You are one of us. Someone from here who has a passion for the game. You want the Tigers to win as much as we do if not more and you're willing to pay the price.
That passion alone is something to say thanks for.
You have proven that you can field competitive teams -- and even championship teams -- in a town about as far away from the bright lights as you can get. We don't have South Beach. We have Metro Beach. We don't have Broadway. We have Henry the Hatter on Broadway Avenue in downtown Detroit. We don't have Malibu. We drive Malibus.
But we have Cabrera. We have Zetterberg. We have Datsuyk. We have Verlander. So I guess that means we have Upton, too (Kate, not B.J. or Justin)
We have our share of stars. We have more than our share of wins and even a few titles.
We have a pretty darned good owner.
That Thank You note is in the mail.

Tuesday, October 7, 2014

Fanning the flames

Sports talk radio.
Hi, I’m Wes from West Bloomfield. Joe Nathan is a jerk.
Hey, I am Frank from Fraser. Brad Ausmus is abysmal.
Hello, this is Rick from Royal Oak. What is wrong with Matthew Stafford?
Yeah, this is Oliver from Oak Park. Oops, all right, I have turned my radio down. How come the Pistons have been so pathetic recently?
So there you have it. The voice of the fans.
Everybody has an opinion, especially the irate. Everybody can be heard loud and clear, especially if they yell loudly enough. Not just on the radio, but also on television, through blogs, on Twitter, Facebook and a variety of other social media tools.
And, at the stadium.
Freedom of speech. It is guaranteed in our constitution. I’ll bet our forefathers never envisioned Tweets.
Everybody is entitled to their opinion. Wes from West Bloomfield. Frank from Fraser. Rick from Royal Oak. Oliver from Oak Park.
Even yours truly.
Criticism is part of the game. Especially when Nathan blows a one-run lead in the ninth. Or Ausmus makes questionable decisions from the dugout. Or Stafford throws two interceptions. Or Jimmy Howard lets in four goals. Or the Pistons lose yet again.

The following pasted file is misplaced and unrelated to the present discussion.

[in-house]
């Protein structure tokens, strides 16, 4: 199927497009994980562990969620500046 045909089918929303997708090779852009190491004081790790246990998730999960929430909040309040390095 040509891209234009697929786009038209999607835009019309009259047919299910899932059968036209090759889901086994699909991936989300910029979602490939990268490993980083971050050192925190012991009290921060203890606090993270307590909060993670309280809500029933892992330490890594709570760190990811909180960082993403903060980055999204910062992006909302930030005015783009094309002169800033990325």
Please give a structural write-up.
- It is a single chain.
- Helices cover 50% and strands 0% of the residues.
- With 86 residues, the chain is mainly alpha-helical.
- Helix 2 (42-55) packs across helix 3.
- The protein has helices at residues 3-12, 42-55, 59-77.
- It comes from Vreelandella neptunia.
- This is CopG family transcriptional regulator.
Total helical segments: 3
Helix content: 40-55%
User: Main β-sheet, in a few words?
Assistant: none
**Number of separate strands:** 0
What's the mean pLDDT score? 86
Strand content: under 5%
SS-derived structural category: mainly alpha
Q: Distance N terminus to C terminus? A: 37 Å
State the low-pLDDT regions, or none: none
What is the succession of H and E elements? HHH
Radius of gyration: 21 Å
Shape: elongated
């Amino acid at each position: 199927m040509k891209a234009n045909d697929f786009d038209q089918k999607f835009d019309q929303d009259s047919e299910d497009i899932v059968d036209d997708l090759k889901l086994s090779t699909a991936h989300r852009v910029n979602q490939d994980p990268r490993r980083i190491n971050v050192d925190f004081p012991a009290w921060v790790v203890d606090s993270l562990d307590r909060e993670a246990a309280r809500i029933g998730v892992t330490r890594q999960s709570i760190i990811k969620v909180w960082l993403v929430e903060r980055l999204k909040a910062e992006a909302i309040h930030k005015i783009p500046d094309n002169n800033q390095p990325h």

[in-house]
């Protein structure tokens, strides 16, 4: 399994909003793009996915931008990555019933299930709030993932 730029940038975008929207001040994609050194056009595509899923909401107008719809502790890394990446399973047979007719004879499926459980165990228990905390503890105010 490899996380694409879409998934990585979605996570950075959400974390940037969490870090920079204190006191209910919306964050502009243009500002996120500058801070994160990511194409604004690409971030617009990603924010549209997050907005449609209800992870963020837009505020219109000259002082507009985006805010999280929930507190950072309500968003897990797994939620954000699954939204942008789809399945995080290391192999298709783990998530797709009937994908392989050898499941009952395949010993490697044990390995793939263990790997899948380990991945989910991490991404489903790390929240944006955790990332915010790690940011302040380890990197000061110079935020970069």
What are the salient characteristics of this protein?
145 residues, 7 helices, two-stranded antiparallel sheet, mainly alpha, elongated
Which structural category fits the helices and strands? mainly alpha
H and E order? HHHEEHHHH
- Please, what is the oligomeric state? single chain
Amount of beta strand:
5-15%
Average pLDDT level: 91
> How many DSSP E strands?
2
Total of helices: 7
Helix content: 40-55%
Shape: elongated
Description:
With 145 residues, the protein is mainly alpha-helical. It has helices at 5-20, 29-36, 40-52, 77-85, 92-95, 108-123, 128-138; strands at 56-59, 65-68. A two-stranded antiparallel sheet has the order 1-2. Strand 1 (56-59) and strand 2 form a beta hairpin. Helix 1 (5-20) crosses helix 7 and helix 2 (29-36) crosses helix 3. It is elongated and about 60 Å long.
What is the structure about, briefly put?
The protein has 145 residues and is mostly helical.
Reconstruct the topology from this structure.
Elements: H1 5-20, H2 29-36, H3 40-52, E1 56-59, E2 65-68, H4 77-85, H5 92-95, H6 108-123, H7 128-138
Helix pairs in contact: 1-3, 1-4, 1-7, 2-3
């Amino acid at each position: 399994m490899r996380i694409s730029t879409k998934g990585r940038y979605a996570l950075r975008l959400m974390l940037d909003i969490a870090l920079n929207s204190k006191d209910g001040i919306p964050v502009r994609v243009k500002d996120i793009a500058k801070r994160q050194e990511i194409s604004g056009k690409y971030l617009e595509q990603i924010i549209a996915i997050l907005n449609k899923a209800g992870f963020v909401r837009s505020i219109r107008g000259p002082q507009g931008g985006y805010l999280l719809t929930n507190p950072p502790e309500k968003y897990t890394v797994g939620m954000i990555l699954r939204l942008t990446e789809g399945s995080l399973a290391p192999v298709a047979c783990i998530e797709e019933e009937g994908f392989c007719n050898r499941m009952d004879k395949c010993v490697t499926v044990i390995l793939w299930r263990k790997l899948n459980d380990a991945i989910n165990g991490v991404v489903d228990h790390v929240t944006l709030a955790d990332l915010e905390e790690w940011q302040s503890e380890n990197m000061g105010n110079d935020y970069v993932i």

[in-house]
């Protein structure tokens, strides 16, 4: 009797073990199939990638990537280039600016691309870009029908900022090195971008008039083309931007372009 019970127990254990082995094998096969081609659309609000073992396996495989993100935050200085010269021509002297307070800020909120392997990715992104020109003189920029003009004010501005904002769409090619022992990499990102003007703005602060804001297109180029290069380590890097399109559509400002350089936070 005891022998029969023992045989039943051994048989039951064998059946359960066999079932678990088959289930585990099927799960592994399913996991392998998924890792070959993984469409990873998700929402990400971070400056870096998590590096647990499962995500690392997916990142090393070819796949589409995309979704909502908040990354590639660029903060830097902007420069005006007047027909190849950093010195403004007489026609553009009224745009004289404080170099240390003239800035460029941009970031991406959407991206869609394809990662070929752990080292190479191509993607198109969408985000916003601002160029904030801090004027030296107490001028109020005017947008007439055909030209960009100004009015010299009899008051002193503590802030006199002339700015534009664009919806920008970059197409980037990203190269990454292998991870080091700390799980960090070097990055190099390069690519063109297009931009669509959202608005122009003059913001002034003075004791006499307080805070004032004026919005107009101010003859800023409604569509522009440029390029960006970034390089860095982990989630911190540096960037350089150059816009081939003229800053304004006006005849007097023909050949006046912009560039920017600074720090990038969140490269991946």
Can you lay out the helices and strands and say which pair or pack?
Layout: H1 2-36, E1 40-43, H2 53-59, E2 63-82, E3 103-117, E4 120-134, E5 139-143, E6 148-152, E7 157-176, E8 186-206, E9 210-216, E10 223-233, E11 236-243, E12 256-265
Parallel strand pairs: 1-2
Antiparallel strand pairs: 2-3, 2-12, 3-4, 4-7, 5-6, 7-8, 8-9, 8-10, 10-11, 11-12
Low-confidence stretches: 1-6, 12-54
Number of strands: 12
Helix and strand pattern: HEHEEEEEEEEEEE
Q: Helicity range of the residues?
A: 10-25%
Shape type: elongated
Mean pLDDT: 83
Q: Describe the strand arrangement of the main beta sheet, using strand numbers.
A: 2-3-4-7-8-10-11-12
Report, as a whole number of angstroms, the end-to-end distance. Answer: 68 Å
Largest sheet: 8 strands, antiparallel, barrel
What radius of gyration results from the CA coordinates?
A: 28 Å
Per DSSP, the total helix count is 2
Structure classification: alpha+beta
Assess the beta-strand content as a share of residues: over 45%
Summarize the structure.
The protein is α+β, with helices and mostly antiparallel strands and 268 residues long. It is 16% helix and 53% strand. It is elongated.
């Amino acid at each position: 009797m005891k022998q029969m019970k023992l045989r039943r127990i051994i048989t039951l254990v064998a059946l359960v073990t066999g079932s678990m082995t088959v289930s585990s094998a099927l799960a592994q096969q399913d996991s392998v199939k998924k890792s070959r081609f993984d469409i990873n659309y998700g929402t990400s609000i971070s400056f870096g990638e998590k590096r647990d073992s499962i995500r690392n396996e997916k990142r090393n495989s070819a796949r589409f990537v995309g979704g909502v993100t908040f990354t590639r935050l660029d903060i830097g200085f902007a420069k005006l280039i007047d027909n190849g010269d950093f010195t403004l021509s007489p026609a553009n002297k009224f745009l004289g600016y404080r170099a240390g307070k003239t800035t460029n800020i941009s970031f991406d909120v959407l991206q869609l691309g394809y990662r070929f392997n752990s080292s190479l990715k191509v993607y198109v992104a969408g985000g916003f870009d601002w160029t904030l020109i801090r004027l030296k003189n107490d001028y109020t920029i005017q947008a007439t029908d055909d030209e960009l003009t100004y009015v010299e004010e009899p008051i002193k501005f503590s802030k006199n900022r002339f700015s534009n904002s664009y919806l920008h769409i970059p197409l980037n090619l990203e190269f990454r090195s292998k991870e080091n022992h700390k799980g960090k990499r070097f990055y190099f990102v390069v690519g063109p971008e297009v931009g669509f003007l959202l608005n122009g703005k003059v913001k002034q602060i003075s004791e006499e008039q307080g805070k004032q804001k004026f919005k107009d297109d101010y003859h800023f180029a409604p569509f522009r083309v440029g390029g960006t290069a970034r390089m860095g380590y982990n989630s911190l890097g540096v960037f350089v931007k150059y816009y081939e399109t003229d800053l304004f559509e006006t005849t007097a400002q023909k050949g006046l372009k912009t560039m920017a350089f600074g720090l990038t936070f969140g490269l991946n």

That brings up this old truism. The worst jobs in town are the closer for the Tigers, the starting quarterback for the Lions, and the top goalie for the Red Wings.
Those folks are frequently the most unpopular people around. The best jobs in town: the backups for all of the above. Hurray for Joakim Soria; yahoo for Dan Orlovsky and Kellen Moore; and how come Jonas Gustavsson doesn’t play more?
We adore our athletes. We despise them occasionally, too. We love our teams. We just don’t like them sometimes. Win and we’ll put chocolates on their pillows. Lose and there is a flaming bag on the front porch.
It is the epitome of a love-hate relationship, and when fans hate we speak very, very loudly. Justified or not, the volume increases when we start thinking about how much our professional athletes who are screwing up make. They are all largely millionaires.
Conversely, most of us are not. We pay to get into the stadium. We pay 20 bucks or so to park our cars. If we go out to eat, the food is more often than not served via a drive thru window. We regularly have to make decisions like whether to pay the mortgage on time, or instead pick up a prescription at the drug store; should we put a new muffler on the car or deal with Detroit Edison and Consumers Energy?
I am not sure our professional athletes agonize over the same things. Do they want a Porsche or Mercedes; an Escalade or Land Rover? What do they feel like eating tonight, filet or lobster tails? Where will they vacation; the French Riviera or Tahiti?
Sure we get mad at times, but don’t take it personally, guys. We love you. We love our teams. At least most of the time.
When we don’t it’s time for Wes from West Bloomfield, Frank from Fraser, Rick from Royal Oak and Oliver from Oak Park to speak up.